We agonized over the idea that Rod should return home the day after Thanksgiving so he could return to work and make some money to pay for this expensive stay in Saigon. But we decided that it would be too stressful for us to be separated. Fortunately, some people from our church took an offering for us and deposited the money in our checking account. Also, Rod’s employer continued to pay him after he had used up all of his paid vacation. Praise God!
Thanksgiving Day was hot and sunny. We went for a swim on the rooftop pool, probably the only time in our lives that we will swim outdoors on Thanksgiving. Beth and Frank of IMH organized a Thanksgiving Dinner on Thursday evening for the families here. We had ham, turkey and dressing, mashed potatoes and gravy. They all tasted great. Then we had corn on the cob, cranberry sauce and pumpkin pie which didn't taste at all like we expected. There were also prawns and spring rolls which were good but hardly traditional foods. The oddest thing was trying to eat the meal with chopsticks. Fortunately, Beth was quickly able to get forks for everyone. It was a very nice gesture by IMH and we all enjoyed eating the Thanksgiving meal together.
On Friday, we went to another Thanksgiving Dinner by an American family who lives in Saigon. They were a friend of a friend of a friend. They had loaned us a Bible and later invited us to their church which meets in the ballroom of the Prince Hotel. The church is for foreigners only since it is illegal to proselytize in Vietnam.
On Monday, Rod called to see if U.S. Immigration had finished its investigation and was ready to start granting immigrant visas. They had been up to Yen Bai province on Friday but they were waiting to hear from a few people. At least they said, "Maybe tomorrow," instead of "Nothing until next week."
We realized that our Senators and Representatives were not going to intervene with U.S. Immigration on our behalf because of the investigation. Also, emails from our friends to U.S. Immigration in the USA were not going to help our situation in Saigon. We concluded that the only one who could help us was God. We emailed our faithful prayer warriors and asked them to really pray for us. Rod prayed that God would move U.S. Immigration to grant visas to all of the families before the end of the month
On Tuesday, all of the families called U.S. Immigration and got a completely different answer about the investigation. It was a question about Vietnamese law, whether it is legal to have the babies in an orphanage in Hanoi and the adoption ceremony in their birth province. U.S. Immigration was waiting now for some high ranking Vietnamese official in the Ministry of Justice to clarify this point.
But on Wednesday, they announced that we were required to submit a document that they have never requested from anyone before. IMH managed to contact the necessary officials and get the documents in one day. All of the families decided to go to U.S. Immigration on Thursday to present the documents in person.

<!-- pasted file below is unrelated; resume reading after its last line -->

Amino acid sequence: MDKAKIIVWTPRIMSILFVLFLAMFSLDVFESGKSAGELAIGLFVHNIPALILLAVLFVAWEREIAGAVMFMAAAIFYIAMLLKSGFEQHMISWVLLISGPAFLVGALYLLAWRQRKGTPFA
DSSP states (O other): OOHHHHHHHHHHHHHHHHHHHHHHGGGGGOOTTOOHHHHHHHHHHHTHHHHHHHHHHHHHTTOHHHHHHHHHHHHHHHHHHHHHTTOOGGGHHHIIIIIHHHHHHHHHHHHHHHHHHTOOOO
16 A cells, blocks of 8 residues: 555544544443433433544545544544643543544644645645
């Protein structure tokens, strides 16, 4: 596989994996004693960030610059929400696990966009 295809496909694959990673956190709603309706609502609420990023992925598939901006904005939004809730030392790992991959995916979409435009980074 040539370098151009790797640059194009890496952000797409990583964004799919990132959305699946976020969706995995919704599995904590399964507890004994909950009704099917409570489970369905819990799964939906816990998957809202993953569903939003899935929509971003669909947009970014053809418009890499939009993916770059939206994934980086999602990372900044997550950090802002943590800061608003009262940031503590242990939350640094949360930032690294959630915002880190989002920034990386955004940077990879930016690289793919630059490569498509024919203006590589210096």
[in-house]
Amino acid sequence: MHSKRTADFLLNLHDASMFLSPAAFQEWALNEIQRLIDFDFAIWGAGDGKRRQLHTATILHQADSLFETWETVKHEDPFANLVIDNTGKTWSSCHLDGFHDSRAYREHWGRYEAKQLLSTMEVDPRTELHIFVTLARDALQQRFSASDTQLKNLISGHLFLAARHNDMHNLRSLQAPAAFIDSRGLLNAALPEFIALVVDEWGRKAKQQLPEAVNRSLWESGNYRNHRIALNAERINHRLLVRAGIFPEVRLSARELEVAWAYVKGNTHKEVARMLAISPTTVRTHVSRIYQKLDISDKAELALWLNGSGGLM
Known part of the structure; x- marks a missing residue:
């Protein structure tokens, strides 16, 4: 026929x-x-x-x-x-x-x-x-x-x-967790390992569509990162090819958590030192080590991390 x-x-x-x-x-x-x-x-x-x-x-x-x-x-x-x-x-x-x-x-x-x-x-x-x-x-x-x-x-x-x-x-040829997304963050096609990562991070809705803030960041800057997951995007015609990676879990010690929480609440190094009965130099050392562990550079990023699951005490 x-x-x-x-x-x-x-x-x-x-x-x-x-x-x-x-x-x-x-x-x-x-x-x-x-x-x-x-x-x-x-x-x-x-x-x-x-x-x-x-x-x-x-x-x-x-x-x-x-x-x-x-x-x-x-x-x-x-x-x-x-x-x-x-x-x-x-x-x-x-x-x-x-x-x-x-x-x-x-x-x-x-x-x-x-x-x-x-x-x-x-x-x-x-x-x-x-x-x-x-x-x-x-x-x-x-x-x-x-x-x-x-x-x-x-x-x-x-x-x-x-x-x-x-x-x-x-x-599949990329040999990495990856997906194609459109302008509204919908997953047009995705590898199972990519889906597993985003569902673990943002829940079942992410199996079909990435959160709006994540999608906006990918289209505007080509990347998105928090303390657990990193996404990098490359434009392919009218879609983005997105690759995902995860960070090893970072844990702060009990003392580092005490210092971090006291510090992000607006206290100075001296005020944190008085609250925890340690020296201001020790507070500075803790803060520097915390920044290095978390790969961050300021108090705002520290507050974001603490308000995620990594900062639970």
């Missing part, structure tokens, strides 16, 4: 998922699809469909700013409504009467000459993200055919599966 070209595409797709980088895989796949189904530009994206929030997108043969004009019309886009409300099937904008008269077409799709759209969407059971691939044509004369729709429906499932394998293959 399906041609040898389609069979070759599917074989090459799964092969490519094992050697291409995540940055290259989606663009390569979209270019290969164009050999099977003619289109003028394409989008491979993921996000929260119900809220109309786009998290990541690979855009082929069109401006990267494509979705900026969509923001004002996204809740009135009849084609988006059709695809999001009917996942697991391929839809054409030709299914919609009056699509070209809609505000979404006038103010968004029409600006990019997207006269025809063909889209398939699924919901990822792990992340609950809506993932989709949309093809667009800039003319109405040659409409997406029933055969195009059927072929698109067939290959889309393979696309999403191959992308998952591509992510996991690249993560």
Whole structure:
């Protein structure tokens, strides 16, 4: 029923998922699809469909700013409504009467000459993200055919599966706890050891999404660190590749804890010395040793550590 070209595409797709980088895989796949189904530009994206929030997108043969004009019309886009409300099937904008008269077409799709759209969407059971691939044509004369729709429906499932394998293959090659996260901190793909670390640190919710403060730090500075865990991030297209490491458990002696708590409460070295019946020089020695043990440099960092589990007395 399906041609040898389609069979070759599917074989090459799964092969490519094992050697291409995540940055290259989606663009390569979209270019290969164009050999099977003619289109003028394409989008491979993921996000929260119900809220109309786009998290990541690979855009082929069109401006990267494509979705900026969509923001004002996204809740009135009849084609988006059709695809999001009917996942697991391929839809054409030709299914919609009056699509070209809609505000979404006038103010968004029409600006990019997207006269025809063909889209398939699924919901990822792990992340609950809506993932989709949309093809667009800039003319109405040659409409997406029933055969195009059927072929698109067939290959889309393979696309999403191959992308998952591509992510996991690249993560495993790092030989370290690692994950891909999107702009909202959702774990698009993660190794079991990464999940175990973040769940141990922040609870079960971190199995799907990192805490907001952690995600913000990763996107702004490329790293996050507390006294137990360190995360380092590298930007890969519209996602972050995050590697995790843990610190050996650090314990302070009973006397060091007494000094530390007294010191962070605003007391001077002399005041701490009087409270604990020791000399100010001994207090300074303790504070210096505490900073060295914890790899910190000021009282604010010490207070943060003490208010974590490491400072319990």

On Thursday morning, five husbands and one single mom arrived at the U.S. Immigration office and turned in our documents. We were ready to leave but we were asked to stay for a few minutes so we could meet with Larry Crider. Rod prayed non-stop for the entire time we were in the waiting room until we were ushered into a conference room. Larry Crider announced that all of us would receive visas for our babies that afternoon. We were all frozen in unbelief. Crider claimed that some Vietnamese officials were acting outside the rules, but when he was questioned, he backed off his original assertion and became even more vague. We left the meeting and looked for the nearest phone so we could share the news with the wives back at the hotel. There was much rejoicing until we all went to the U.S. Consulate to pick up the visas that afternoon.
Other families who had recently arrived from Hanoi also received their visas. U.S. Immigration granted visas to seventeen babies from that same orphanage that one day. They even asked two families to hurry down to Saigon from Hanoi so they could get their visas the next day, November 30. Nineteen families received their visas before the end of the month, just as Rod had prayed.
God must have moved U.S. Immigration to grant the visas because U.S. Immigration did not change its mind about the orphanage. The families who tried to get visas the following week were held up for three months.
With visa in hand, we called the airline and managed to get seats on a plane the next day. Several of the families celebrated by going to an Italian restaurant in the oldest part of Saigon. We enjoyed the last evening in Saigon very much. We would have enjoyed all of our stay in Vietnam if we had not been so worried about being able to leave. We spent three full weeks trapped in Saigon and a total of five weeks in Asia.
We were very tired, but relieved when we arrived back in Portland, Oregon, after travelling for twenty-four hours. A small crowd of friends were waiting for us at the airport and welcomed us home. We were so glad to finally be home with our precious daughter. God had answered our prayers!!
Ellie's Story, Unabridged
Journeys of the Heart Adoption Agency
More China adoption stories
Where Do We Go When We Die?